The state agency administering the 201H program disputes NAIOP’s claim about developers not using the program, which is known by its chapter number in Hawaii Revised Statutes.

“While we recognize the concern that a high-interest rate environment may negatively impact affordable housing production in Hawaii, HHFDC is processing 201H applications this year when interest rates are higher than they have been in a number of years,” the Hawaii Housing Finance and Development Corp. said in a statement Friday. “In fact, the number of 201H applications that we’ve processed is actually consistent, if not higher, than in recent years.”

In written testimony while SB 1170 was being considered by lawmakers, HHFDC did not take a position for or against the bill. Instead, the agency informed lawmakers that it shares the concern about high interest rates negatively affecting affordable housing production in Hawaii, but that it defers to counties for judgment on issuing credits for 201H projects.

DPP Director Dawn Take­uchi Apuna said in written testimony that SB 1170 would benefit developers at a detrimental cost to county affordable housing programs and policies.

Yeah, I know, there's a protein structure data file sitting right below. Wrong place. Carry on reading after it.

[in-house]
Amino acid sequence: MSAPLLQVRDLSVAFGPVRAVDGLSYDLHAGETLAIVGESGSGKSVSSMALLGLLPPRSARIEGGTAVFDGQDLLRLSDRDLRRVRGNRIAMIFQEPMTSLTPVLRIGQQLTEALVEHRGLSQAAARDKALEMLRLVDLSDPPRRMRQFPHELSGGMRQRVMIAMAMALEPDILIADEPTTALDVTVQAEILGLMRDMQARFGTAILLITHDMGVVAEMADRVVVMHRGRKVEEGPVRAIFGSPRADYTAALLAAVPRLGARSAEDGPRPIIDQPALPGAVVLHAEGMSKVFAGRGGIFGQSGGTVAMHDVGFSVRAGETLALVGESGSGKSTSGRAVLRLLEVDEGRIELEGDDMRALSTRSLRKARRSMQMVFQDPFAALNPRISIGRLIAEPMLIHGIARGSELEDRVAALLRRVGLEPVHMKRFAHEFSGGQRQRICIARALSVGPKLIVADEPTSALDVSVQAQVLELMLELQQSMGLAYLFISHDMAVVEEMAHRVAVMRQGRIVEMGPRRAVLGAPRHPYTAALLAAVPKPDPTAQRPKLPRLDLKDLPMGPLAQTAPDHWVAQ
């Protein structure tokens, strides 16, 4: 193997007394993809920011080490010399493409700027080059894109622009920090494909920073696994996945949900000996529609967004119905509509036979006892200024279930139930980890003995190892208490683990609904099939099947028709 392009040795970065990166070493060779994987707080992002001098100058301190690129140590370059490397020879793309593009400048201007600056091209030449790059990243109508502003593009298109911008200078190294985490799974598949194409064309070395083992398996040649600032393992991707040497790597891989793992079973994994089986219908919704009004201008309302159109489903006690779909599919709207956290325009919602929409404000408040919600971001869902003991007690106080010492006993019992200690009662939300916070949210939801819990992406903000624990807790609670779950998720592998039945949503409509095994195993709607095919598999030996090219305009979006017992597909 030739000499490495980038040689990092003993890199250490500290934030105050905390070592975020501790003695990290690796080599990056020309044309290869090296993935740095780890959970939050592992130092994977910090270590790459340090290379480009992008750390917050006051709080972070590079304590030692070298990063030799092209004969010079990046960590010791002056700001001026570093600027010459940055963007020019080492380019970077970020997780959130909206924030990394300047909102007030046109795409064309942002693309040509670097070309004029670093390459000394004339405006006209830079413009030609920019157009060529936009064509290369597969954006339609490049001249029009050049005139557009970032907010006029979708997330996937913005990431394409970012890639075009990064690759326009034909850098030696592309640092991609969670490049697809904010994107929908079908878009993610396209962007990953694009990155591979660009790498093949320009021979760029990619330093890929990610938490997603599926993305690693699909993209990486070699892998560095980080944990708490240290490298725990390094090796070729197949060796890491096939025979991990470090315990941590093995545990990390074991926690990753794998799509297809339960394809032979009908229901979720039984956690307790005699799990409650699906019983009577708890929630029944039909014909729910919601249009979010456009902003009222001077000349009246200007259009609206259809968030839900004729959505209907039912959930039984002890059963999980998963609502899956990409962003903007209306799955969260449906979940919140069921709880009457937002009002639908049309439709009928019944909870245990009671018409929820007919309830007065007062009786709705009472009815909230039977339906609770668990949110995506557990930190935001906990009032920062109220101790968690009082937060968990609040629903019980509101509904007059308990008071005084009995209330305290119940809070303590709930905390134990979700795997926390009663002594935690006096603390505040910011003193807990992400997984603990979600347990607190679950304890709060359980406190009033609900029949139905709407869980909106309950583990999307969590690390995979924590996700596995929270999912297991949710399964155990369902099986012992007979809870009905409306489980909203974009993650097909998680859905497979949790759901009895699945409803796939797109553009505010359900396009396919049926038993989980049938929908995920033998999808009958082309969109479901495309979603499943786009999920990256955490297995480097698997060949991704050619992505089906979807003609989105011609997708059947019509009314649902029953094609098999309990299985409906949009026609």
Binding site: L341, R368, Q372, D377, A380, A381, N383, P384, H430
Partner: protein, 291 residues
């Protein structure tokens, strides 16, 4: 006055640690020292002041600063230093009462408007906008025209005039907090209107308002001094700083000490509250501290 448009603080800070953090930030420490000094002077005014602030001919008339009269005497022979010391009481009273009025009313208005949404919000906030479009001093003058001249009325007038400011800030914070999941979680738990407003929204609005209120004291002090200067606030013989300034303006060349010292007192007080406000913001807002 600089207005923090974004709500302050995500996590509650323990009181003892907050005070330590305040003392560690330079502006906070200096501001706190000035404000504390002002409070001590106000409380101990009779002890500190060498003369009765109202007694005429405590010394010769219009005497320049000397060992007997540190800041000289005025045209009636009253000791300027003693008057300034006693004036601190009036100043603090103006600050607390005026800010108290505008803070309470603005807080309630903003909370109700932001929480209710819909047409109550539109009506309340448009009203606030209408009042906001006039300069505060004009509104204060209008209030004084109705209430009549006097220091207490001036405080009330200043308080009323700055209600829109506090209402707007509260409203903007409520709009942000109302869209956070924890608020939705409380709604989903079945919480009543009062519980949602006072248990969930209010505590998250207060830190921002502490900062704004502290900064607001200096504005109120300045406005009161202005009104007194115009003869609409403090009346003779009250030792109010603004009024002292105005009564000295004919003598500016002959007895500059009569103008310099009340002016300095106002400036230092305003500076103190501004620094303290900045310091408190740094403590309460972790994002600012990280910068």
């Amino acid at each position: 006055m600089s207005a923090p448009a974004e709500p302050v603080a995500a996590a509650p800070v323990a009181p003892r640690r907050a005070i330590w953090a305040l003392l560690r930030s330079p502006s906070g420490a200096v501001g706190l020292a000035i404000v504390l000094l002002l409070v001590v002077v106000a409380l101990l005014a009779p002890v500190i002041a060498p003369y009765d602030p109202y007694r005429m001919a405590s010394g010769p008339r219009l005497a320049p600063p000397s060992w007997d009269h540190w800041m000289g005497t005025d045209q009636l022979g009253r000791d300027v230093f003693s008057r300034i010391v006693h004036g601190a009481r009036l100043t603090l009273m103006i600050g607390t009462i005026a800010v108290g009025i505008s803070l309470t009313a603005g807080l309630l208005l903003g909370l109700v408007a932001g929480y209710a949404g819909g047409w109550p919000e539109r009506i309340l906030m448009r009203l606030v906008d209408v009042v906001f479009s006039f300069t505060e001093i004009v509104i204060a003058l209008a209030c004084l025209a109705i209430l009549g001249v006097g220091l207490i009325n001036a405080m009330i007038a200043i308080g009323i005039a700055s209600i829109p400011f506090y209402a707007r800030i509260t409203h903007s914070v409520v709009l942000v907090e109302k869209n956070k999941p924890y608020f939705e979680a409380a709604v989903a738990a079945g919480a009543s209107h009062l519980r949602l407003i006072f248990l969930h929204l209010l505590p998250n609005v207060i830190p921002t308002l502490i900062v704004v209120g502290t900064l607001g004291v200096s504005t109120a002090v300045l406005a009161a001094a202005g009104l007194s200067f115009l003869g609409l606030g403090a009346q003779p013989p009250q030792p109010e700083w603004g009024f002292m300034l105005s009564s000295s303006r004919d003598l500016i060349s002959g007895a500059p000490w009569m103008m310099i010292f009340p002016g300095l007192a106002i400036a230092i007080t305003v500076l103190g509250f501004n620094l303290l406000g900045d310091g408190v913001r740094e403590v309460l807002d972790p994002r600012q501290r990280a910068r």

“We oppose this bill because it creates credit value that developers can sell or use themselves to fulfill affordable housing requirements imposed by the counties,” she said. “It amounts to ‘double dipping,’ developers of 201H projects receive fee waivers and exemptions, as well as the monetary value of credits.”

Susan Kunz, Hawaii County’s housing administrator, said in written testimony that giving developers affordable housing credits for 201H projects won’t expand the supply of housing but will undermine the county’s ability to do so.

Under SB 1170, 201H projects that receive federal or state tax credits that require units be reserved for households with low incomes would not be eligible for affordable housing credits.

Another limitation under the bill is that credits will only be available through July 1, 2031.